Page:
tv CBS Evening News With Scott Pelley NBC February 11, 2016 6:30pm-7:00pm EST
wo bebeiowi e c il dionuiesinerwimaruuasmhes d thtaar tthicedwioras iseain 'r viincoy:on y,b.i.-gte final four hold-outs surrendered. one refused to go quietly, though, ranting, "liberty or death." tonight we've learned that the isis terrorist group in syria and iraq has chemical weapons in its arsenal. in a rare interview for "60 minutes," we spoke to the director of the c.i.a., john brennan. >> we have a number of instances where isil has used chemical
>> pelley: artillery shells? >> sure. >> pelley: isis has access to chemical artillery shells? >> uh-huh. there are reports that isis has access to chemical precursors and munitions that they can use. >> pelley: the c.i.a. believes that isis has the ability to manufacture small quantities of chlorine and mustard gas. and the capability of exporting those chemicals to the west? >> i think there's always the potential for that. this is why it's so important to cut off the various transportation routes and smuggling routes that they have used. >> pelley: are there american this down? >> u.s. intelligence is actively involved in being part of the effort to destroy isil and to get as much insight into what they have on the ground inside of syria and iraq. >> pelley: we'll have our full interview with c.i.a. director brennan, including the threat that he says keeps him up at night.
minutes." millions have fled syria, but there are tens of thousands who can't get out. they're trapped between russian bombers and a closed turkish border. holly williams is following this. >> reporter: imagine the terror, never knowing where and when the warplanes will hit next. we can't independently verify these videos, but they appear to show the aftermath of air strikes on the town of tel rifaat this week. in the syrian regime's new offensive, which is backed by russian air power, civilians are once again paying with their blood. crossing the border into turkey, we met abdul karim bahloul, who runs a school in tel rifaat.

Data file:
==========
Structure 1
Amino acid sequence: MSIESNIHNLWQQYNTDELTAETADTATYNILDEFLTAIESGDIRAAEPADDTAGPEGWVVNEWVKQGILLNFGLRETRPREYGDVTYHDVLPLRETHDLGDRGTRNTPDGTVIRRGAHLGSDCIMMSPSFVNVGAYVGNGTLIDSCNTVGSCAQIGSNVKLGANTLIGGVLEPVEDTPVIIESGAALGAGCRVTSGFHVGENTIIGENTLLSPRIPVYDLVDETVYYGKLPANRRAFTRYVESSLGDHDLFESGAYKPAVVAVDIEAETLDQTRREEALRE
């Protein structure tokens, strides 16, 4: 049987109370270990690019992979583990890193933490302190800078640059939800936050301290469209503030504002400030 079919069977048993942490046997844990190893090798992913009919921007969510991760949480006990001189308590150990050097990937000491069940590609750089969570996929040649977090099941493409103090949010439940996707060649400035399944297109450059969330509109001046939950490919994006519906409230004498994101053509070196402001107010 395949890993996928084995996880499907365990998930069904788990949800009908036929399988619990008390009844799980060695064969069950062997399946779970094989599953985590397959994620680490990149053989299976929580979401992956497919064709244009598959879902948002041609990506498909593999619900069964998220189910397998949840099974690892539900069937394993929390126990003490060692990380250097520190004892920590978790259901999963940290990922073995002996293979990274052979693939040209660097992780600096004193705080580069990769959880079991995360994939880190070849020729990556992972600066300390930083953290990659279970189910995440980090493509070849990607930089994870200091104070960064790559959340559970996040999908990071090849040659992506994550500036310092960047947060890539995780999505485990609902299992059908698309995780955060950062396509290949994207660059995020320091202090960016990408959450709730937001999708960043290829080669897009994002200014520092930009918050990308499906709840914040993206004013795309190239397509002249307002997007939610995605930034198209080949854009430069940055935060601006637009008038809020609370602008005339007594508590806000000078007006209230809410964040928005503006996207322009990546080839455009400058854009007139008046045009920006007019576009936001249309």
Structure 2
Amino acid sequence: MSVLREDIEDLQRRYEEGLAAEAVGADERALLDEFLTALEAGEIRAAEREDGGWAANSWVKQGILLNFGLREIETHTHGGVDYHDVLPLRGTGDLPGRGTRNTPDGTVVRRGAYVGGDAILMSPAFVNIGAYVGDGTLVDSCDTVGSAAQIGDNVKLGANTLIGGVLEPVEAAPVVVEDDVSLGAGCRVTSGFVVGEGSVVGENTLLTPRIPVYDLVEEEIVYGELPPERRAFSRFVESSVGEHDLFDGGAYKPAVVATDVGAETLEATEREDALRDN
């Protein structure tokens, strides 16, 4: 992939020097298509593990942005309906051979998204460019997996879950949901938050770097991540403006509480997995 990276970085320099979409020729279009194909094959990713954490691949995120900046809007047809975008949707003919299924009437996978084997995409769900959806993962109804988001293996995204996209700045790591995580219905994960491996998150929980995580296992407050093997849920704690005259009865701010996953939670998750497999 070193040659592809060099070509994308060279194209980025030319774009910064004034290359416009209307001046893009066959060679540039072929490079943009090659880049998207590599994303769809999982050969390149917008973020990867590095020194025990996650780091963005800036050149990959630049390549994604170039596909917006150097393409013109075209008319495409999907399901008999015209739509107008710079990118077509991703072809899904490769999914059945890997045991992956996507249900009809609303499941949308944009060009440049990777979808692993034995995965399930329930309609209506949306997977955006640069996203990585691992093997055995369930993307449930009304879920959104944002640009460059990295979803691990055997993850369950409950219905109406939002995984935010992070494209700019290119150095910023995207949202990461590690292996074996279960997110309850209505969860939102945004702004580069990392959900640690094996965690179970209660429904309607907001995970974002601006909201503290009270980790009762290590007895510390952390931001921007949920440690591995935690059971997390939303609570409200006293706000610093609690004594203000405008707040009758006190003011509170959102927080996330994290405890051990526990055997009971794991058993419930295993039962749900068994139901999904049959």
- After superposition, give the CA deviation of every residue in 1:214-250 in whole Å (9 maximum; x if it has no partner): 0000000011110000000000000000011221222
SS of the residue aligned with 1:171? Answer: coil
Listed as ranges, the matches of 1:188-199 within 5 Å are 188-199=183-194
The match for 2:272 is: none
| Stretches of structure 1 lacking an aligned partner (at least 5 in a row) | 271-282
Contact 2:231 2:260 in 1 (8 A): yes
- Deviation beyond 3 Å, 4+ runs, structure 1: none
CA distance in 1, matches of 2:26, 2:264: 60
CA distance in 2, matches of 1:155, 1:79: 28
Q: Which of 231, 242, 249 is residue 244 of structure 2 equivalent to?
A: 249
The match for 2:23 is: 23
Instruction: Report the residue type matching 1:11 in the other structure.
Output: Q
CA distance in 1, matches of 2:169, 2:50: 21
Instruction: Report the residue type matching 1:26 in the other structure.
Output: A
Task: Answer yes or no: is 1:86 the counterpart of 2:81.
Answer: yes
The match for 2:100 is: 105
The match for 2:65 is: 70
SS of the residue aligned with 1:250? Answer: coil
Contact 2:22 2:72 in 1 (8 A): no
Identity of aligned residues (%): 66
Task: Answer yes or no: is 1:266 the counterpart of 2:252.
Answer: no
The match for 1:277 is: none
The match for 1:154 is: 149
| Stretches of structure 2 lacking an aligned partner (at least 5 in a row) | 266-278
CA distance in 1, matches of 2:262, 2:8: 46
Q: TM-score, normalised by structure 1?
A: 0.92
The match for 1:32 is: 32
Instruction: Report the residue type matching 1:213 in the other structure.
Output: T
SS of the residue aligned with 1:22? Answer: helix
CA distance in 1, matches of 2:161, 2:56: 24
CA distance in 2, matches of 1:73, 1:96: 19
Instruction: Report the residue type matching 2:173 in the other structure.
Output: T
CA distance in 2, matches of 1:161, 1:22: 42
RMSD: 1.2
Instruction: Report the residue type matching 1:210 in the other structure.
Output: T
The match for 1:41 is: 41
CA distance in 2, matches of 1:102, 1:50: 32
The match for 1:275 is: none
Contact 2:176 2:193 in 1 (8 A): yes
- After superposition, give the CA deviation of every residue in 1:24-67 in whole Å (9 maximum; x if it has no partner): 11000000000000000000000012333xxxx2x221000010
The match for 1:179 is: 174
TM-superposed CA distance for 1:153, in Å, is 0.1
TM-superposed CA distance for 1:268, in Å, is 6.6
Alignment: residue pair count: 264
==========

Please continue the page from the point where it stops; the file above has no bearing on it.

are random," he told us. "homes are destroyed and children's bodies lie in shreds on the ground." he told us he came to ask the turkish authorities to give refuge to children from the town, but after absorbing more than two milliont more in.eges.fe0lians could be cut off as they were in the town of madaya during a siege by the regime. more than 40 starved to death. dalia al-awqati told us that her charity, mercy corp, feed and clothe 500,000 people in northern syria every month. >> it's not much, but it's essential to keep a family alive. >> reporter: now they're racing to get food parcels to families in aleppo city, fearing more starvation in a country
senseless war. and as if syria's war wasn't complicated enough, today some american-backed rebels told us they were attacked by kurdish fighters who were also supported by the u.s. now, the kurdish fighters say it wasn't deliberate, but, scott, this shows just how difficult it is for the u.s. to unite different factions on the ground in syria. >> pelley: holly williams, thanks. so what can the u.s. do to stop the war? for that we turn to margaret margaret? >> reporter: well, today the u.s. is trying to broker an immediate ceasefire. today secretary kerry pushed both russia and iran to stop attacking syrian civilians in aleppo and allow in aid to besieged areas, but the russians haven't been quick to agreed agree to that. in fact, vladimir putin's military has cut off supply lines to the u.s.-backed rebels, and u.s. officials warn that